Regional airline services are facing uncertainty for at least the remainder of 2020 despite a Federal Government relief package designed to prop up an industry that has been grounded by the COVID-19 pandemic.
The Federal Government has moved to deliver a $198 million funding package to help maintain the regional air network. A further $100 million has been made available to provide direct financial support to smaller regional airlines.
Deputy Prime Minister and Minister for Infrastructure, Transport and Regional Development Michael McCormack said critical air services are needed to connect regional Australia to freight, medical testing, supplies and essential personnel.
“This package guarantees core routes for domestic air freight will remain open and essential workers remain employed, while providing vital financial support for airlines servicing regional and remote locations,” he said.
“The funding will ensure regional communities benefit from an ongoing airline service by underwriting airlines’ operating costs on selected routes.”
Two weeks ago, the Australian Competition and Consumer Commission (ACCC) granted authorisation to Regional Express (Rex) to collaborate with QantasLink and Virgin Australia on 10 regional routes until 30 June 2021.
The routes include Sydney to Wagga Wagga, Dubbo and Albury. Canberra was not included.
The ACCC’s Airline Competition in Australia report, published on 17 September 2020, also explores the impact of COVID-19 on the airline sector, where travel restrictions have led to a 95 per cent reduction in Australian airline passengers compared to the same time in 2019.
ACCC chair Rod Sims said it is critical that when the industry starts scaling up domestic flying, any potential damage to competition is identified quickly.
“Domestic airline travel was expected to be on its way to returning to more regular operations by now, but infection spikes in some states and tighter border restrictions have delayed the recovery,” he said.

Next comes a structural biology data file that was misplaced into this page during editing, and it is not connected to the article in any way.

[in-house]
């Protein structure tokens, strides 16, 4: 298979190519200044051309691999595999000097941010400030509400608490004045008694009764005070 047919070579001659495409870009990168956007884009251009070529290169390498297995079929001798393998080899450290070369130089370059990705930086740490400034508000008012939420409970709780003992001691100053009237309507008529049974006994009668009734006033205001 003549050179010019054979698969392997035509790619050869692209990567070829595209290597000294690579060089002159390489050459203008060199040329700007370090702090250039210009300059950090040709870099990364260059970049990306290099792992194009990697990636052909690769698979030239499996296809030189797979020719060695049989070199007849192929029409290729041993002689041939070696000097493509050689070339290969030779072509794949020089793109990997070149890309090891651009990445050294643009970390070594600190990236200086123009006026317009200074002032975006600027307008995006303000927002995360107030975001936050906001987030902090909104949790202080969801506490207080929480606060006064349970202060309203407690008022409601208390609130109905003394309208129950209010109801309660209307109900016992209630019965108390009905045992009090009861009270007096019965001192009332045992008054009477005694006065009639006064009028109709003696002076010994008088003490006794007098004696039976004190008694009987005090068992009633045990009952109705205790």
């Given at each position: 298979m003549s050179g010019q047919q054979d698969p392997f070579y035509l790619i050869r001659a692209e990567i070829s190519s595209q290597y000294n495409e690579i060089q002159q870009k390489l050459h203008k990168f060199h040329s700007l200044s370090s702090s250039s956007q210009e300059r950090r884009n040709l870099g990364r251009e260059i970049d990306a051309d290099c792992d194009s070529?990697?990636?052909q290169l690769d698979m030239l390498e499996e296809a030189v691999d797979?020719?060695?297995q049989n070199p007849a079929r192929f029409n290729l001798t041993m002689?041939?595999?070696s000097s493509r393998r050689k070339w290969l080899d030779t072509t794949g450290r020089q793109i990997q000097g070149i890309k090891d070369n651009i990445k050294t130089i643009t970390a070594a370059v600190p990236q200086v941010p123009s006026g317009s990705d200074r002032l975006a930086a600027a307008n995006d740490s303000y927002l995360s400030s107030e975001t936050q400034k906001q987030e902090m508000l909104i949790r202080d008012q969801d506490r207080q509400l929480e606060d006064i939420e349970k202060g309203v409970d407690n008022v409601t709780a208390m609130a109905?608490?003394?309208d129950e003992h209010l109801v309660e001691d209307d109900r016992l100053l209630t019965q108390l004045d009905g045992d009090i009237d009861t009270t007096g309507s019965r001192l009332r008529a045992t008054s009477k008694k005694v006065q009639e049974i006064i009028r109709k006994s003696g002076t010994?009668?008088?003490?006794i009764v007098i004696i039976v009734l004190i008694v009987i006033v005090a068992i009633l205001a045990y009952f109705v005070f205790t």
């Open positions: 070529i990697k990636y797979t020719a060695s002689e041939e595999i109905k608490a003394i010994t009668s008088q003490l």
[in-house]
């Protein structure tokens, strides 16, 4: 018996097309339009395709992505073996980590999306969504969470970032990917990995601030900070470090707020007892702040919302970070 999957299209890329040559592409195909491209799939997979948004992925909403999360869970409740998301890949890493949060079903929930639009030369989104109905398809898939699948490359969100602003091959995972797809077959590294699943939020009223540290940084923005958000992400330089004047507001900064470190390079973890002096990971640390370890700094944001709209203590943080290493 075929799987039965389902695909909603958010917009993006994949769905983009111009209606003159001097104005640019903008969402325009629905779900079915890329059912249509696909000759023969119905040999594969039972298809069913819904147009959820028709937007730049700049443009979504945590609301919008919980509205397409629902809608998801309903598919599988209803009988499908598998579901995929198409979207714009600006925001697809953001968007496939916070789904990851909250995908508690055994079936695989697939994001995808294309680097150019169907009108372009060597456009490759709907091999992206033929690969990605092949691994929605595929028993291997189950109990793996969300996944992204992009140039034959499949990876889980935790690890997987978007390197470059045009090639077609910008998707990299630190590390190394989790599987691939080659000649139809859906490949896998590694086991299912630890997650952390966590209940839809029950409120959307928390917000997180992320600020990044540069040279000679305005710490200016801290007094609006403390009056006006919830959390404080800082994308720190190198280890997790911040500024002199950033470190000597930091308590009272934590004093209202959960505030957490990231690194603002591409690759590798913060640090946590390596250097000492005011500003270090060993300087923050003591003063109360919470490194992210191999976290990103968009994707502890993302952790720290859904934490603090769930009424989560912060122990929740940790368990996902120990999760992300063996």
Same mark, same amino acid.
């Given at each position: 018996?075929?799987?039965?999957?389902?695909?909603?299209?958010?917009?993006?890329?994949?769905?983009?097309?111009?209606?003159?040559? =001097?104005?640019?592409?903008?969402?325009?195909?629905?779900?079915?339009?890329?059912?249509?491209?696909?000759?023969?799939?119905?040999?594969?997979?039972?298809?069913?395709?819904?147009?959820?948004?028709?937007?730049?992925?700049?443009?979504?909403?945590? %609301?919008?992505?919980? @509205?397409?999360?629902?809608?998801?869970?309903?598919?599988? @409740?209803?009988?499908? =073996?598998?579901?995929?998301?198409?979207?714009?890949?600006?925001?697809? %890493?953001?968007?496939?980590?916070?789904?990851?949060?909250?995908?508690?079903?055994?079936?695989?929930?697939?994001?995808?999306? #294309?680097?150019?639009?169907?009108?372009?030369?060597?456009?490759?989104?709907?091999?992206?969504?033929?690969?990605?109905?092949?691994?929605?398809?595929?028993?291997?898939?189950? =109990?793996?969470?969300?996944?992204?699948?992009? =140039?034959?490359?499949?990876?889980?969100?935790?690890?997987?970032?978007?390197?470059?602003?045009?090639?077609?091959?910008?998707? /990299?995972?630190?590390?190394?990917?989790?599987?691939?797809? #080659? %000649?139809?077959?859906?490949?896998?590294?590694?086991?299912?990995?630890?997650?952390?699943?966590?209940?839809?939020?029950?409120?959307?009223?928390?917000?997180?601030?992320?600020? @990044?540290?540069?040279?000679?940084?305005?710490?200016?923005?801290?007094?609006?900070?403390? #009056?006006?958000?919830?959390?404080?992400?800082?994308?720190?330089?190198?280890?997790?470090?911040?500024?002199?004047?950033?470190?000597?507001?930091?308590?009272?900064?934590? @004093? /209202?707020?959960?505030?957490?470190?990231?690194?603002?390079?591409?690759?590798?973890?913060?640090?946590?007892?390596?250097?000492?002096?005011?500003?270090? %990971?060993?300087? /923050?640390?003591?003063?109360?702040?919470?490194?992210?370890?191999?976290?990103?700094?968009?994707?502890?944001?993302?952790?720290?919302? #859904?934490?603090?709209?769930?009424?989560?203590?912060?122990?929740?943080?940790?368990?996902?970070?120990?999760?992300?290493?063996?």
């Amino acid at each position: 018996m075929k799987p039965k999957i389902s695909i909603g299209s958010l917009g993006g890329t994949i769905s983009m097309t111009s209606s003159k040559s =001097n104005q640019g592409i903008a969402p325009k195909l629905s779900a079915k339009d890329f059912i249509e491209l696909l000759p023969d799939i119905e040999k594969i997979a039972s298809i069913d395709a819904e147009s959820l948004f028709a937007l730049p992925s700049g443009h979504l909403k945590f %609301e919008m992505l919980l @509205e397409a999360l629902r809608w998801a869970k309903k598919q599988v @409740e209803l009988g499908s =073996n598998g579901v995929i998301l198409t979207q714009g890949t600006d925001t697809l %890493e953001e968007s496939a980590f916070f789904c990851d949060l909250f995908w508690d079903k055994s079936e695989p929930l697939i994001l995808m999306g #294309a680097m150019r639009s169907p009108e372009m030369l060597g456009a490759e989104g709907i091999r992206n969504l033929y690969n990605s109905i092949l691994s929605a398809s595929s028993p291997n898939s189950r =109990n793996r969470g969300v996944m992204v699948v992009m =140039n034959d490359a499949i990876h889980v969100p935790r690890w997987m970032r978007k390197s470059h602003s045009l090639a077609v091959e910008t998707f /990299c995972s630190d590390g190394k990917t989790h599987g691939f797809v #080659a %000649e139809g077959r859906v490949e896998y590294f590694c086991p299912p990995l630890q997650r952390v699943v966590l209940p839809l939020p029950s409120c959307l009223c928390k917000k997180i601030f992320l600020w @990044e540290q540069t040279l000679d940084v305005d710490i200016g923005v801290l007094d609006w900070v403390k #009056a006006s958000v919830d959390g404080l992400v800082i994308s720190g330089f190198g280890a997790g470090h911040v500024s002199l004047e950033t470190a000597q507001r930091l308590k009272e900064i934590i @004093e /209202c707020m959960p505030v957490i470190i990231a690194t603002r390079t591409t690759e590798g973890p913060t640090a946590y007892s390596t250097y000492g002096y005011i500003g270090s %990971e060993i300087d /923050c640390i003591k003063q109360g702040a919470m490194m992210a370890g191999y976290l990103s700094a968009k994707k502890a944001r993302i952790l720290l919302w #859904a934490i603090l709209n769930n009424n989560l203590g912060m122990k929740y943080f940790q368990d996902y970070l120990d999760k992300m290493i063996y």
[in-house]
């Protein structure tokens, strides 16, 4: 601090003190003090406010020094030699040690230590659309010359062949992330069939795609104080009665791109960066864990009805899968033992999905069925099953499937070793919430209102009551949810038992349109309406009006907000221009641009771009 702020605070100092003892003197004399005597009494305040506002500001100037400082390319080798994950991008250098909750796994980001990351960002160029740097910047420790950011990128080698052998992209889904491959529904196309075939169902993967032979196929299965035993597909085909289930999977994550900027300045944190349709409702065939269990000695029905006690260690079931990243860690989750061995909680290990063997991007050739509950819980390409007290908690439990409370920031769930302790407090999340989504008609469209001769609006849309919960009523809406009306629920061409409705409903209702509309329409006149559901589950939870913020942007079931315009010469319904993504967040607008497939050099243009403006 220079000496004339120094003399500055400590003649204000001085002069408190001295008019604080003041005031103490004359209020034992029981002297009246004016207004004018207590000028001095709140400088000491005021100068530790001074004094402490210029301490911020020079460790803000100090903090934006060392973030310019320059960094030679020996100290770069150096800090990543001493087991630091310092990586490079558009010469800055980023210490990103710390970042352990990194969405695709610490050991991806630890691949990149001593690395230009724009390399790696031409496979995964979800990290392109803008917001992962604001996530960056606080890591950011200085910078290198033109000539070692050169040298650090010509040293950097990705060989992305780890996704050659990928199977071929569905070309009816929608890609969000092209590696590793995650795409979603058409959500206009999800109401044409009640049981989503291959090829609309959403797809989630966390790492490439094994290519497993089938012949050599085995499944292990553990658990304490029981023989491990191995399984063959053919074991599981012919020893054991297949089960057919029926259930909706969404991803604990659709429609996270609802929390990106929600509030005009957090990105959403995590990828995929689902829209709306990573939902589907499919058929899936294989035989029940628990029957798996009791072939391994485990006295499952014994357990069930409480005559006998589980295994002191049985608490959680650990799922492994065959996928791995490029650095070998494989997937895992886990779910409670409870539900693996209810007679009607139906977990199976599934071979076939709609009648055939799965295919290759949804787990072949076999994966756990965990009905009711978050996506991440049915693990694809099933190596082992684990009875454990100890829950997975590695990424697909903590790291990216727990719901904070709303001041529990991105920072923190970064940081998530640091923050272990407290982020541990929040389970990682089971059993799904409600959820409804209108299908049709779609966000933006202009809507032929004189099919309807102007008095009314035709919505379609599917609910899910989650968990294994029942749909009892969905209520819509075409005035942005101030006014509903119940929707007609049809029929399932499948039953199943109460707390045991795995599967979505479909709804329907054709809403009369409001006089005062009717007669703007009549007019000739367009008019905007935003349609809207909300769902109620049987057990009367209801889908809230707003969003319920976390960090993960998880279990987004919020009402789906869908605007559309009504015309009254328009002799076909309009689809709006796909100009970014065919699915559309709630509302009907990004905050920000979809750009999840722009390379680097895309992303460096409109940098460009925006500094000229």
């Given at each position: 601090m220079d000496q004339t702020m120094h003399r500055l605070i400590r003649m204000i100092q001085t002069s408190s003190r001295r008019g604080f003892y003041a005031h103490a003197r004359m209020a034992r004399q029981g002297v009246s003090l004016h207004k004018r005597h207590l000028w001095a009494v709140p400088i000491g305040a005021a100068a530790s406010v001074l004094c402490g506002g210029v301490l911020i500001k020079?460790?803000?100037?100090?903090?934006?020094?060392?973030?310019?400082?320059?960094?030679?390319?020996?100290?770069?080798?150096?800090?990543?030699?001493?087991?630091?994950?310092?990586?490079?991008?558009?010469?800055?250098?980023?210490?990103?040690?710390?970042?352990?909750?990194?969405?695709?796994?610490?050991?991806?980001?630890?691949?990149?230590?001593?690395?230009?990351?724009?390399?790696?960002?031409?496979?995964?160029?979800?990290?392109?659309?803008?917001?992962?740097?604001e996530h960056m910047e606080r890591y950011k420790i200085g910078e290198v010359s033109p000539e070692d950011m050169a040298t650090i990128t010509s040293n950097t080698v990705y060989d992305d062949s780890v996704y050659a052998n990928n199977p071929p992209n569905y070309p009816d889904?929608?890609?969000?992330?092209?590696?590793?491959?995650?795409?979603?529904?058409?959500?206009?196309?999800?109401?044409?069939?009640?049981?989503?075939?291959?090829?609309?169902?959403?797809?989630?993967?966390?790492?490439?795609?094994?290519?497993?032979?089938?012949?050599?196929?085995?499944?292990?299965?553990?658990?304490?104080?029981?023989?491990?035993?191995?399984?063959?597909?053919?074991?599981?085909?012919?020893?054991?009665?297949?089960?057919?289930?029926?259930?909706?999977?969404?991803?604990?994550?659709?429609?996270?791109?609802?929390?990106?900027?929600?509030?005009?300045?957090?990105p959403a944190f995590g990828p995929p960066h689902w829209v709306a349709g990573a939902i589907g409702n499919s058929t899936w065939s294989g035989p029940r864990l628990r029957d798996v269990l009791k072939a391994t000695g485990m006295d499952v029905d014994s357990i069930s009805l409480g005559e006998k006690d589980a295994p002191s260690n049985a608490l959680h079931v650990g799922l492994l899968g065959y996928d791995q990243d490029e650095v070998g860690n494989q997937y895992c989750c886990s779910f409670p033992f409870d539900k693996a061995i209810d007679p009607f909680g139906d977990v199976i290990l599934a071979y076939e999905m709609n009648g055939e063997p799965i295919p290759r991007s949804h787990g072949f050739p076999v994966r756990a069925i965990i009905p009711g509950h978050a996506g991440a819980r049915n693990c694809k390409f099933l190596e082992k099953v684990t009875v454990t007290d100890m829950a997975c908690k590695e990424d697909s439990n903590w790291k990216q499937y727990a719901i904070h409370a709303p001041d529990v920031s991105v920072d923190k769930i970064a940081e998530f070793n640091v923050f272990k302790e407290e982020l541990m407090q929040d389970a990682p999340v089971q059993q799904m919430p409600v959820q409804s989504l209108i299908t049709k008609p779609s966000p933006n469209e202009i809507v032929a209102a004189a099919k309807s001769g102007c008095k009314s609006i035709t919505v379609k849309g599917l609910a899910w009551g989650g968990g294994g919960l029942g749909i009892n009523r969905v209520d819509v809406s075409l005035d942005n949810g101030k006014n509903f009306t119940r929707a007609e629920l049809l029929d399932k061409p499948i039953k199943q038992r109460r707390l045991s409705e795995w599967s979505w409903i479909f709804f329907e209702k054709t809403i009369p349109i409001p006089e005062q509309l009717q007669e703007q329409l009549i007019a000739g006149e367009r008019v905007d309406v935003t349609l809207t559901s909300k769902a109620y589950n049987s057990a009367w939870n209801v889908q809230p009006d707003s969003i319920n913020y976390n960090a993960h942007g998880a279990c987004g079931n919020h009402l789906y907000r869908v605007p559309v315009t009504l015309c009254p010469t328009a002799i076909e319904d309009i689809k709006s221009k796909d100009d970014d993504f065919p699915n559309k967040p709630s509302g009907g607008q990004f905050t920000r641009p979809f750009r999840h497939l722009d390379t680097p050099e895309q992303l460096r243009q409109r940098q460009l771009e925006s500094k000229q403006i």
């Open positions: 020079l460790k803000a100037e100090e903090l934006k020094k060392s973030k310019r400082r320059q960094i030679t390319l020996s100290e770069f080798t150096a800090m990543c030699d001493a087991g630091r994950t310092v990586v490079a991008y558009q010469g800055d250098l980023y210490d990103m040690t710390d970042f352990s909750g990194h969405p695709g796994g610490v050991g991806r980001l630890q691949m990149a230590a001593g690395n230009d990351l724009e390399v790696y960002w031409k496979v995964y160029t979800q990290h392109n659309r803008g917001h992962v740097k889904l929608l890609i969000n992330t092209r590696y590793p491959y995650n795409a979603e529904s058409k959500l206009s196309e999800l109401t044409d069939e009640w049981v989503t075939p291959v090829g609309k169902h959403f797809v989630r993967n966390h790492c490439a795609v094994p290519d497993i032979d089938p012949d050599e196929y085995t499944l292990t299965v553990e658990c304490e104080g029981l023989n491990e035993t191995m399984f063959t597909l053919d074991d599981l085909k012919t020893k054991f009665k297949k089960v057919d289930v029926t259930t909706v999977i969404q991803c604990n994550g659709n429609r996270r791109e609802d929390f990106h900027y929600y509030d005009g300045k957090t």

A Virgin Australia spokesperson said the airline has made guarantees to people wanting confidence and flexibility when booking their travel.
“We’re hopeful borders will reopen by Christmas and our passenger promise will help get travellers on their next flight as the right step forward to rebooting the Australian tourism industry,” the spokesperson said.
Rex’s general manager for network strategy Warrick Lodge said the airline would help fill the void left by Virgin Australia which has already abandoned eight regional routes.
“Rex has been inundated by desperate pleas from both individuals and community leaders to step into the shoes of Virgin Australia following its announcement to exit,” he said.
“These communities are concerned about their future as they face the prospect of being left with Qantas as the sole monopoly provider, especially at a time when their regional economies have been devastated by the COVID-19 pandemic, bushfires and drought.”
Mr Sims said the ACCC will continue to watch monthly flight capacities, passenger numbers and revenue data from Qantas, Virgin Australia and Rex, which supply the vast majority of Australia’s passenger airline services.
“We will act if we identify behaviour that damages competition, either arising from the conduct by airlines directly or through their arrangements with others,” he said.
“The ACCC will be reporting to the government regularly and this will assist with informed policy development, particularly if we observe signs that competition in the sector is not effective.”
Original Article published by Michael Weaver on The RiotACT.